The skeletal system’s connected to the muscular system. The muscular system’s connected ...

Individual differences among students in undergraduate physiology courses may impact understanding of body system integration.

 Project title 
Supporting Undergraduate Students’ Construction of an Integrated Understanding of Anatomy and Physiology

 Grant effective dates 
September 1, 2018June 30, 2019

 Principal investigator(s) 
Carla Firetto

 Originating sponsor 
Mary Lou Fulton Teachers College

The challenge

Undergraduates in college human anatomy and physiology courses learn about the 11 physiological systems of the human body and how they function. On completion of these courses students are also expected to have an integrated understanding across the different systems and a robust understanding of how the systems interact with each other to maintain homeostasis in the body. In essence, undergraduate biology students must not only acquire knowledge pertaining to structures and functions of each system, but they must also understand how these systems influence, and are influenced by, one another. However, with limited time in a semester, instructors may focus on ensuring students have a basic knowledge of each system at the cost of integration. There are few empirical studies examining methods specifically targeting biology students’ integration of the 11 systems, and evidence suggests that certain individual differences moderate or mediate the impact of various methods on students’ understanding and integration.

The approach

This study by Assistant Professor Carla Firetto and co-principal investigators from ASU’s College of Integrative Sciences and Arts proposes the refinement of a previously developed task to promote understanding of integration across physiological systems. The project will: 1) identify profiles of participants with similar patterns of individual differences, examining whether these profiles predict performance on integration scores, and 2) iteratively refine a task targeting students’ construction of an integrated understanding of anatomy and physiology systems, and analyze pretest to posttest changes in integration scores with respect to students’ profiles. Research will be conducted using introductory anatomy and physiology courses, involving an estimated 480 students. In phase 1, students will complete the individual difference measures via a Qualtrics survey. Latent profile analysis will identify profiles of participants who performed similarly on the measures and the degree to which the profiles can predict posttest integration outcomes. Phase 2 will refine Firetto’s previously developed integration task to fit the course, and examine its efficacy for individuals with different profiles to suggest improvements for future iterations.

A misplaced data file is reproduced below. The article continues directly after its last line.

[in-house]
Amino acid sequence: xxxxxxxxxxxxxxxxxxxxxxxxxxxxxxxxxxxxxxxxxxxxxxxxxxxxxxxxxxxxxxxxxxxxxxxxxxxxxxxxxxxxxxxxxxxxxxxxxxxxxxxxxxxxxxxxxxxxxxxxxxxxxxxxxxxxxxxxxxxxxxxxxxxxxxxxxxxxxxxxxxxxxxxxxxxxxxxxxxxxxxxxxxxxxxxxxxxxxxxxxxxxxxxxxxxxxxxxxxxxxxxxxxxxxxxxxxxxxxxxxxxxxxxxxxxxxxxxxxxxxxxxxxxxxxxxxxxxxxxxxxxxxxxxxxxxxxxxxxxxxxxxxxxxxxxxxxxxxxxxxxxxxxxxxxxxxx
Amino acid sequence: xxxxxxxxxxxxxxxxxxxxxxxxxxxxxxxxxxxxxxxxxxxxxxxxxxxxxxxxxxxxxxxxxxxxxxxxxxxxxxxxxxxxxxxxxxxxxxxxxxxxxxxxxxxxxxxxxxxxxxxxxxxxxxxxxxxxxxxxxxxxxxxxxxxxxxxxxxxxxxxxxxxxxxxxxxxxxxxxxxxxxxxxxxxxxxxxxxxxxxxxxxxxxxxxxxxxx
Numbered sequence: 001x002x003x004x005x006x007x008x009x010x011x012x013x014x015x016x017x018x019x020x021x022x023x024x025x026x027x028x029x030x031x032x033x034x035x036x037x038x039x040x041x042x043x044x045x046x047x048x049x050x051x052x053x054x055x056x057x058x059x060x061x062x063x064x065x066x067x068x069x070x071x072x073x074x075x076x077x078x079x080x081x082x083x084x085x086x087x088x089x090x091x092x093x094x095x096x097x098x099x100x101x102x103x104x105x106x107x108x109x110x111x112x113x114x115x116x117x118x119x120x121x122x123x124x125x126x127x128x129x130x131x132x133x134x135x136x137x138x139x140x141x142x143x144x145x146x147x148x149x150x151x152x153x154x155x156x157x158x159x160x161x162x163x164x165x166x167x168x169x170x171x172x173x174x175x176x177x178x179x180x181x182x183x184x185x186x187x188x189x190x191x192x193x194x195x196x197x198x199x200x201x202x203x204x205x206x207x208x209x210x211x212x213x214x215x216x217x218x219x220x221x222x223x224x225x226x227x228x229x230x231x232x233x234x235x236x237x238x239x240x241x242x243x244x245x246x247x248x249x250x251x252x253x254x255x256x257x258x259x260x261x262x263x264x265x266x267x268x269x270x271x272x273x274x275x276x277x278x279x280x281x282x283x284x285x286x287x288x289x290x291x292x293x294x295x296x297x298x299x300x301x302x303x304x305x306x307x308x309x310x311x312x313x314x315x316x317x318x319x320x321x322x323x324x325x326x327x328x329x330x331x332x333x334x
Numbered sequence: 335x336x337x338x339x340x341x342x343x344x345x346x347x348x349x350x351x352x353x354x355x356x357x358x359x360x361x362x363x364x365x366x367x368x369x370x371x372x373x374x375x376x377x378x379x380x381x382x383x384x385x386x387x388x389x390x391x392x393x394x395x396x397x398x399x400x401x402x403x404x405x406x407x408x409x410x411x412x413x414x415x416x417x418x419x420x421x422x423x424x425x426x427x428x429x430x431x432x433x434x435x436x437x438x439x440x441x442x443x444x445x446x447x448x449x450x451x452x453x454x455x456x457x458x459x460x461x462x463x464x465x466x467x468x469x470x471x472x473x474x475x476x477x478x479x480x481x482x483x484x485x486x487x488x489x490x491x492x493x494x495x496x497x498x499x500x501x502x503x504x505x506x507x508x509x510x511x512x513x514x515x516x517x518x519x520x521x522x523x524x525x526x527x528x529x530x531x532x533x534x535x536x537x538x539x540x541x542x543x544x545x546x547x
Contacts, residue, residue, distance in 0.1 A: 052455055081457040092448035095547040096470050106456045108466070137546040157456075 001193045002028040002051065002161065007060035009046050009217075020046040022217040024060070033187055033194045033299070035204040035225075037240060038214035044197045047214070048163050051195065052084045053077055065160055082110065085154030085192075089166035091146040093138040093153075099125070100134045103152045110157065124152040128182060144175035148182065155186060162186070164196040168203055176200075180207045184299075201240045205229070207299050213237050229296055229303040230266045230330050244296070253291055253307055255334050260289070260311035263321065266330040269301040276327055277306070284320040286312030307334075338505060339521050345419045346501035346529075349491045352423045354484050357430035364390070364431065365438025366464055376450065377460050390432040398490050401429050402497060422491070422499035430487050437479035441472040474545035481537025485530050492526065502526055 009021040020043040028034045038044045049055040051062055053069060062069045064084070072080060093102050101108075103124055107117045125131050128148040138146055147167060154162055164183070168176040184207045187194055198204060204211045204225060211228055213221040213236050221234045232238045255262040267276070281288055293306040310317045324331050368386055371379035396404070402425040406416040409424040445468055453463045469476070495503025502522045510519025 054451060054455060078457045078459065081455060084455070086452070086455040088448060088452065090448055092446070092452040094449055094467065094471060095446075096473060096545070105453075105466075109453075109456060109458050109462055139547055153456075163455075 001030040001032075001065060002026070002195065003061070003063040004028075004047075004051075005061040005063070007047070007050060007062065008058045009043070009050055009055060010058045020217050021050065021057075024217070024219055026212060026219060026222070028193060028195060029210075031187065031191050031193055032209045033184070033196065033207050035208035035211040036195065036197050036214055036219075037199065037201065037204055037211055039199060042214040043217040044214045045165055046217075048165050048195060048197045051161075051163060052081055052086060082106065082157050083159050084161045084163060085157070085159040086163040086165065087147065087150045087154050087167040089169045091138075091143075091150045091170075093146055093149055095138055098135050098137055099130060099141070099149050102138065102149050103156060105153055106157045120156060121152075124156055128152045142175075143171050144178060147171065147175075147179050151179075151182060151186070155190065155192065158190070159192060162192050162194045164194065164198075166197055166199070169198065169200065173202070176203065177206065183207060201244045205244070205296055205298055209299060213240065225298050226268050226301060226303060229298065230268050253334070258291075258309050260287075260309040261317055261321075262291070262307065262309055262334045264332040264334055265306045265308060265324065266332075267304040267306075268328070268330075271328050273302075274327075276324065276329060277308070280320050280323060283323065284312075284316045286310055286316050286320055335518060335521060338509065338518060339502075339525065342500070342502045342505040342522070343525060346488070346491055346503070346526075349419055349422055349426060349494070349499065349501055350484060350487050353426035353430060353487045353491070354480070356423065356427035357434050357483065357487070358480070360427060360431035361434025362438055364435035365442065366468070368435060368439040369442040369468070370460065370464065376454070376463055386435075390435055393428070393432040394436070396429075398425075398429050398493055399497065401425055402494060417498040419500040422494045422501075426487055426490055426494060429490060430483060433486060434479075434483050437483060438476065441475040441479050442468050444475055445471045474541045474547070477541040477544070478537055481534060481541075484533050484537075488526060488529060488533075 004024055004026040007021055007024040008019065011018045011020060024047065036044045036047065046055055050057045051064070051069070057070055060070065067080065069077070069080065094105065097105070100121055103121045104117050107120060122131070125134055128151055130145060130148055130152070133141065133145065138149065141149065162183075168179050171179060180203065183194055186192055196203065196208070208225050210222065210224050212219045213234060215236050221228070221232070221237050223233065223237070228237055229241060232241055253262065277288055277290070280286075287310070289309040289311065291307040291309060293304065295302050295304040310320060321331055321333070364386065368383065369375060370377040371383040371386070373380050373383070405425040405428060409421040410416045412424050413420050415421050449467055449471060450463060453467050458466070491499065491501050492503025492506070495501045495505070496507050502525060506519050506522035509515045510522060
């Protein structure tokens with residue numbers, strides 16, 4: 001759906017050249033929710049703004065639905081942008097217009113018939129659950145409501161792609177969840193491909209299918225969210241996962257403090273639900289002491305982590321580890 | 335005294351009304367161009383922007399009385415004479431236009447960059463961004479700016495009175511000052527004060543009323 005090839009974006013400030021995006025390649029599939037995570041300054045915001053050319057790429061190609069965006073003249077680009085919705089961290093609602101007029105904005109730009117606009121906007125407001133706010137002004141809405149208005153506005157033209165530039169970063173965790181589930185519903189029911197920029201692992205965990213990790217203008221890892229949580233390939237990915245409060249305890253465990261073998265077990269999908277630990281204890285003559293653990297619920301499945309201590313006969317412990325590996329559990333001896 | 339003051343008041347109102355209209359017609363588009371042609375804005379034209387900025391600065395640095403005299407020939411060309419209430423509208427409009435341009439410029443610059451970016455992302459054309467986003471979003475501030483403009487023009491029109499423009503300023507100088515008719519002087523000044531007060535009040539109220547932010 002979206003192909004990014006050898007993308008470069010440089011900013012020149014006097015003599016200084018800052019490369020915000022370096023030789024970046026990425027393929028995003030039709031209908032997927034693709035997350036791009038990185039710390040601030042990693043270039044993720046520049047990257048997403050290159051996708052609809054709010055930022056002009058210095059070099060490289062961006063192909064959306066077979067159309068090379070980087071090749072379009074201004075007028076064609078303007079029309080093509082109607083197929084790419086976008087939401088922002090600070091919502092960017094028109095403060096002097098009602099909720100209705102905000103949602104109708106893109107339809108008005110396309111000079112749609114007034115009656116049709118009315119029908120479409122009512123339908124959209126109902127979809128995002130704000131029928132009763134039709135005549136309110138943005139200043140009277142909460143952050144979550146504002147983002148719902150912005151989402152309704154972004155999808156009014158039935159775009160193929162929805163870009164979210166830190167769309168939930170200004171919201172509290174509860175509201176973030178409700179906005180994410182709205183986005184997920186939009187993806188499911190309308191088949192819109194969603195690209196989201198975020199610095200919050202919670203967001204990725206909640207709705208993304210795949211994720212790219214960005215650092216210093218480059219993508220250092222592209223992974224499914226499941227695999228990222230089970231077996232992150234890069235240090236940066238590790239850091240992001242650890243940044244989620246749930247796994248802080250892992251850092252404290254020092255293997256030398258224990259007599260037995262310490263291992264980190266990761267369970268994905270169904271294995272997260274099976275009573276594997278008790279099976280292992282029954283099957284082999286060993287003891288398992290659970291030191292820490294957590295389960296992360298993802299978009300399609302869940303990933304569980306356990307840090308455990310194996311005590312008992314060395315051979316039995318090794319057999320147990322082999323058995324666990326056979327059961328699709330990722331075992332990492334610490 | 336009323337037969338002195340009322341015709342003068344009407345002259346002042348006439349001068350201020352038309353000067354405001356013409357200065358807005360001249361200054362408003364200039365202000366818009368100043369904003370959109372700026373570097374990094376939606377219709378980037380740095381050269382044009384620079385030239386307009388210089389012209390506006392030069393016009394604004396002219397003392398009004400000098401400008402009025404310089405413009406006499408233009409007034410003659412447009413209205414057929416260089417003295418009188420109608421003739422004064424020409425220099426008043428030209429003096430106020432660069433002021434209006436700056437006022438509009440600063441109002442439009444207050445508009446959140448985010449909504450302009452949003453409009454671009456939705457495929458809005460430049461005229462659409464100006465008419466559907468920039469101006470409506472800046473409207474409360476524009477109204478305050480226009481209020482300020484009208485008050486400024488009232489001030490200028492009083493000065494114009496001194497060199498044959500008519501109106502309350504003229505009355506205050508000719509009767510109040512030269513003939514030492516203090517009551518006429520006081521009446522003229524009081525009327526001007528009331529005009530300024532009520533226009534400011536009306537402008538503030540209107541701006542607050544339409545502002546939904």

Findings & impact

The research team expects the project to yield two independent publications associated with the phases of the project. Each phase was methodologically designed to address different key questions that will independently advance the field while also building on the findings of former research. The study will position the researchers to submit a grant proposal for the National Science Foundation Improving Undergraduate STEM Education: Education and Human Resources program. Because the project is a collaboration with practicing biology experts teaching introductory human anatomy and physiology courses, it will yield an integration task with greater potential for widespread adoption. The project will commence with data collection for phase 1 in September 2018. Phase 2 will begin in January 2019, and completion of the project, including manuscripts, NSF proposal development and a final report, is scheduled for May and June, 2019.

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